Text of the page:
I seriously recommend you read novels on this site: Itazuraneko Old Library, sort by kanji count, usually 1,000-1,600 kanji count is a good, this just means how long the book is if you actually look at it. If you have an Android you should use Typhon Reader or Typhon改 if the other one does not work with your phone. There are little buttons you can click on the itazuraneko old library to download epubs to load into it. You can also visit the full epub list but warning: you need a good phone to load that page because there are a LOT of books! If you cannot find the book you want on Itazuraneko you can try looking on Boroboro. iOS users can just use the Books app with epub files.
Your first light novel will be extremely painful, but your second light novel won't be as painful. Expect a light novel to take a 1-3 months to finish reading when you're first starting out, it will get quicker overtime (I can finish a light novel in around 10 hours). Just read more, read a lot.
Reading scans or physicals like these is not recommended, because it is hard to look up words from it. Note: I am not against 縦書き, (vertical text), the image below is an example of a scan.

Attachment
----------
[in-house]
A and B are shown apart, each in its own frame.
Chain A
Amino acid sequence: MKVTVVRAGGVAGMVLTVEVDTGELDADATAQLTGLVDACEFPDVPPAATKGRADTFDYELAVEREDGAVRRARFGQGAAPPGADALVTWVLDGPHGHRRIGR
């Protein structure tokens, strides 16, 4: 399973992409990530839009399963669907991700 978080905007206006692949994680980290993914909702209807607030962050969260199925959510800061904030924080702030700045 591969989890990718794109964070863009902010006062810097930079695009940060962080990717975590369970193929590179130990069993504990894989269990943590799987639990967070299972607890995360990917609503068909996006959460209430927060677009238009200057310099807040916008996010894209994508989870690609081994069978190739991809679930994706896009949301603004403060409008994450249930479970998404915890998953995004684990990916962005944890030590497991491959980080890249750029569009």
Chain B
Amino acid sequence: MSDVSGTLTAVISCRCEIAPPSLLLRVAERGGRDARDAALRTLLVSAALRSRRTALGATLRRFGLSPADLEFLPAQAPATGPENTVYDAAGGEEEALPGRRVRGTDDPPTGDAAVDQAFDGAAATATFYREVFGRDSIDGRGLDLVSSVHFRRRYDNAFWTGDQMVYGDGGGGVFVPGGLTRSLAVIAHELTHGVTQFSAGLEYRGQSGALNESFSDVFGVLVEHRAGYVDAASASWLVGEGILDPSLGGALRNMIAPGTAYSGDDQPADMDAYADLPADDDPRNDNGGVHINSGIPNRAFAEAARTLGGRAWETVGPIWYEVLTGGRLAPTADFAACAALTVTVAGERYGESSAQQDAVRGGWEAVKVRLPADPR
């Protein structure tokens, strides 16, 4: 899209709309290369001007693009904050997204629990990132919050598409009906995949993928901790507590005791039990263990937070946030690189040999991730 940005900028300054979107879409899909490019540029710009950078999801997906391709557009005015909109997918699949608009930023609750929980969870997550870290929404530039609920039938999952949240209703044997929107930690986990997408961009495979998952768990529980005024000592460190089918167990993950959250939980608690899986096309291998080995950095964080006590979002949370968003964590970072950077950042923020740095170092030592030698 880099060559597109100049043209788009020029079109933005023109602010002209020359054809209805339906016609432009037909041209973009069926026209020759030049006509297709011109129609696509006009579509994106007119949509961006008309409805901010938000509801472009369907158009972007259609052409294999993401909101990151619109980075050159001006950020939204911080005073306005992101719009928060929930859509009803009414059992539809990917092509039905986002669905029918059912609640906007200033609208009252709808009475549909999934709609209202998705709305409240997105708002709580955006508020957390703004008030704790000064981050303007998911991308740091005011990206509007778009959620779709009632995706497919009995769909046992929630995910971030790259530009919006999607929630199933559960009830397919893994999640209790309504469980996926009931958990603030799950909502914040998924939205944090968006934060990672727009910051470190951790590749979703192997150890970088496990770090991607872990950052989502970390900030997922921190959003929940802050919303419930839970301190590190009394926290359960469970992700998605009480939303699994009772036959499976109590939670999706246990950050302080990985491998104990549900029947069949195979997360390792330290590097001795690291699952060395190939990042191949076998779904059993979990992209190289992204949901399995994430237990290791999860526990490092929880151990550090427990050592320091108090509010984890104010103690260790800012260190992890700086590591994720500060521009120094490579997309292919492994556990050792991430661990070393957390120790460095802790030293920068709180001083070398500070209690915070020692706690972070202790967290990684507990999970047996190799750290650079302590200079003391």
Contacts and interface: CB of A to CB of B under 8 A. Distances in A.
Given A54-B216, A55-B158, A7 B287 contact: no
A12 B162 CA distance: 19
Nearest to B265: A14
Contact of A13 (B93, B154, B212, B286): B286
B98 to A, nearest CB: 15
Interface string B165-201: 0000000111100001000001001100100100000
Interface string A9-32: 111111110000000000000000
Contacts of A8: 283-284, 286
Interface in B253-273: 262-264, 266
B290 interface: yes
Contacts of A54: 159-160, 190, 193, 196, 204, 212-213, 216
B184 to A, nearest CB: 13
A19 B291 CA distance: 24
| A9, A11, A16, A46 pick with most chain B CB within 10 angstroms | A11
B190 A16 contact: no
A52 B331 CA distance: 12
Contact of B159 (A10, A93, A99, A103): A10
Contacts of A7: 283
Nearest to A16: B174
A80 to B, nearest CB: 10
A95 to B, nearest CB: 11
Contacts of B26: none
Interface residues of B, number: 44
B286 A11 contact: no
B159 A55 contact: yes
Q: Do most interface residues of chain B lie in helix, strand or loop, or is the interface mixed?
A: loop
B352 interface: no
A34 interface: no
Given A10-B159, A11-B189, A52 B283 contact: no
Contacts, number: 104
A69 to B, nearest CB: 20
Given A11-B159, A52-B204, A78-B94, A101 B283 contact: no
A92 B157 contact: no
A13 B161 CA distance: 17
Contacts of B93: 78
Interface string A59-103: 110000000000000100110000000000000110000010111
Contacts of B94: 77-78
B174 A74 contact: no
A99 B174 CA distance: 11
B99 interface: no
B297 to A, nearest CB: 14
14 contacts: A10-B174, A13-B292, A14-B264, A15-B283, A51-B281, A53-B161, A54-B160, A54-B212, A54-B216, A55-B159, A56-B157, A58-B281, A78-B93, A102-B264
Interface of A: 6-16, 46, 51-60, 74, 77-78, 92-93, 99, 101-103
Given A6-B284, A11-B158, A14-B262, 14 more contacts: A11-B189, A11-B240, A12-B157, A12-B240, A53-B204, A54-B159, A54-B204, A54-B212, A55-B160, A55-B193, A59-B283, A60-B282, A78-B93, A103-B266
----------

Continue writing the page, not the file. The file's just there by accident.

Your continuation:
Novel: Hibike! Euphonium
Novel: Nichijou no Natsuyasumi
This is digital. Very important. I can select the text and use Yomichan with it.
Visual Novel: Angel Beats! -1st beat-
Visual Novels are very good if you hate reading books. It's helped supercharge my reading. It's similar to watching anime with Japanese subtitles. It is also good for making AnimeCards from and also serve as semi-listening semi-reading immersion.
I wholeheartedly recommend VNs for people that have attention span issues when reading novels.
Just make sure you have texthooking setup, you can find out how to do that here. To get good at reading visual novels, you just need to read more, you just need to read a lot
Don't worry about how much "kanji" you "know". You can start reading after you have enough listening experience, and have finished a grammar guide or something. That's all. Don't hesitate. Don't feel like you're "not ready yet" because you will never be if you don't start reading. Read more, read a lot, that's how you get good at reading. No hacks, no tricks, sorry.
Have fun immersing!